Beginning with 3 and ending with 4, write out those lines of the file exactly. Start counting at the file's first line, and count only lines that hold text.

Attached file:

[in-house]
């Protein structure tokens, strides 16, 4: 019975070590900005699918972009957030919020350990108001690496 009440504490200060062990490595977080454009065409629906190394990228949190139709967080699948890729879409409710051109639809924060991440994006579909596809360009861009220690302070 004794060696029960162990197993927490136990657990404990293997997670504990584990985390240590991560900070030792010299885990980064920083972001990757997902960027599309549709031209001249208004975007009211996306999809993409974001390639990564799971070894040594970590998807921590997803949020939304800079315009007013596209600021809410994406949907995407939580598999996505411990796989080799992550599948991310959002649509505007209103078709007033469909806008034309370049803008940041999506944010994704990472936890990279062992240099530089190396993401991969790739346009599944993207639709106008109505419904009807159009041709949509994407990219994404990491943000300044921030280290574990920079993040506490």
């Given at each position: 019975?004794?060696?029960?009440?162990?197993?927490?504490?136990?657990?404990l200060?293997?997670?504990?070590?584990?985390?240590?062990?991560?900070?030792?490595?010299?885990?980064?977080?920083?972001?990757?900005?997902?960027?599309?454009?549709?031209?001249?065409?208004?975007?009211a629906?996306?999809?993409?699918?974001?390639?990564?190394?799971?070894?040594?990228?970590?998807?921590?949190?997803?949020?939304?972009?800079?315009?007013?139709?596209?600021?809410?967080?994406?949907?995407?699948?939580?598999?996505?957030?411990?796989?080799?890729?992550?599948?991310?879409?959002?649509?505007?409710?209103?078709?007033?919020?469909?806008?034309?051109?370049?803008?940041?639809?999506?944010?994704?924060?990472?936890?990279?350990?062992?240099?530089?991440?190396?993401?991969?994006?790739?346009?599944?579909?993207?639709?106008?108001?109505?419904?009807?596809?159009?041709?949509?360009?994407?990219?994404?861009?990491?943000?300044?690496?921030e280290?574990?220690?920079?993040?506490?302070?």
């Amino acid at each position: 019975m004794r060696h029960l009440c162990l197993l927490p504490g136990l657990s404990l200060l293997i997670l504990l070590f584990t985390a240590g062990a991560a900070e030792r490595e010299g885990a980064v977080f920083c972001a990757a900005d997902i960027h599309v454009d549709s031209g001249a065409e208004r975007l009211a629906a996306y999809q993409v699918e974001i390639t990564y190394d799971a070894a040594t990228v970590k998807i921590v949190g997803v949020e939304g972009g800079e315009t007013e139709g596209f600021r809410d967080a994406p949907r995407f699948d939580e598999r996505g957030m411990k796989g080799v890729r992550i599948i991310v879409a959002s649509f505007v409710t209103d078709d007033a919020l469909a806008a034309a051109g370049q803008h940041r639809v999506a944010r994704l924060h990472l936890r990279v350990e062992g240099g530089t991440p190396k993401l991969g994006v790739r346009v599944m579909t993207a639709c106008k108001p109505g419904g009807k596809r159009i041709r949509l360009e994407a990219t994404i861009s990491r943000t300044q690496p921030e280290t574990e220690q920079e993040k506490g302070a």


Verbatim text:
């Given at each position: 019975?004794?060696?029960?009440?162990?197993?927490?504490?136990?657990?404990l200060?293997?997670?504990?070590?584990?985390?240590?062990?991560?900070?030792?490595?010299?885990?980064?977080?920083?972001?990757?900005?997902?960027?599309?454009?549709?031209?001249?065409?208004?975007?009211a629906?996306?999809?993409?699918?974001?390639?990564?190394?799971?070894?040594?990228?970590?998807?921590?949190?997803?949020?939304?972009?800079?315009?007013?139709?596209?600021?809410?967080?994406?949907?995407?699948?939580?598999?996505?957030?411990?796989?080799?890729?992550?599948?991310?879409?959002?649509?505007?409710?209103?078709?007033?919020?469909?806008?034309?051109?370049?803008?940041?639809?999506?944010?994704?924060?990472?936890?990279?350990?062992?240099?530089?991440?190396?993401?991969?994006?790739?346009?599944?579909?993207?639709?106008?108001?109505?419904?009807?596809?159009?041709?949509?360009?994407?990219?994404?861009?990491?943000?300044?690496?921030e280290?574990?220690?920079?993040?506490?302070?």
């Amino acid at each position: 019975m004794r060696h029960l009440c162990l197993l927490p504490g136990l657990s404990l200060l293997i997670l504990l070590f584990t985390a240590g062990a991560a900070e030792r490595e010299g885990a980064v977080f920083c972001a990757a900005d997902i960027h599309v454009d549709s031209g001249a065409e208004r975007l009211a629906a996306y999809q993409v699918e974001i390639t990564y190394d799971a070894a040594t990228v970590k998807i921590v949190g997803v949020e939304g972009g800079e315009t007013e139709g596209f600021r809410d967080a994406p949907r995407f699948d939580e598999r996505g957030m411990k796989g080799v890729r992550i599948i991310v879409a959002s649509f505007v409710t209103d078709d007033a919020l469909a806008a034309a051109g370049q803008h940041r639809v999506a944010r994704l924060h990472l936890r990279v350990e062992g240099g530089t991440p190396k993401l991969g994006v790739r346009v599944m579909t993207a639709c106008k108001p109505g419904g009807k596809r159009i041709r949509l360009e994407a990219t994404i861009s990491r943000t300044q690496p921030e280290t574990e220690q920079e993040k506490g302070a």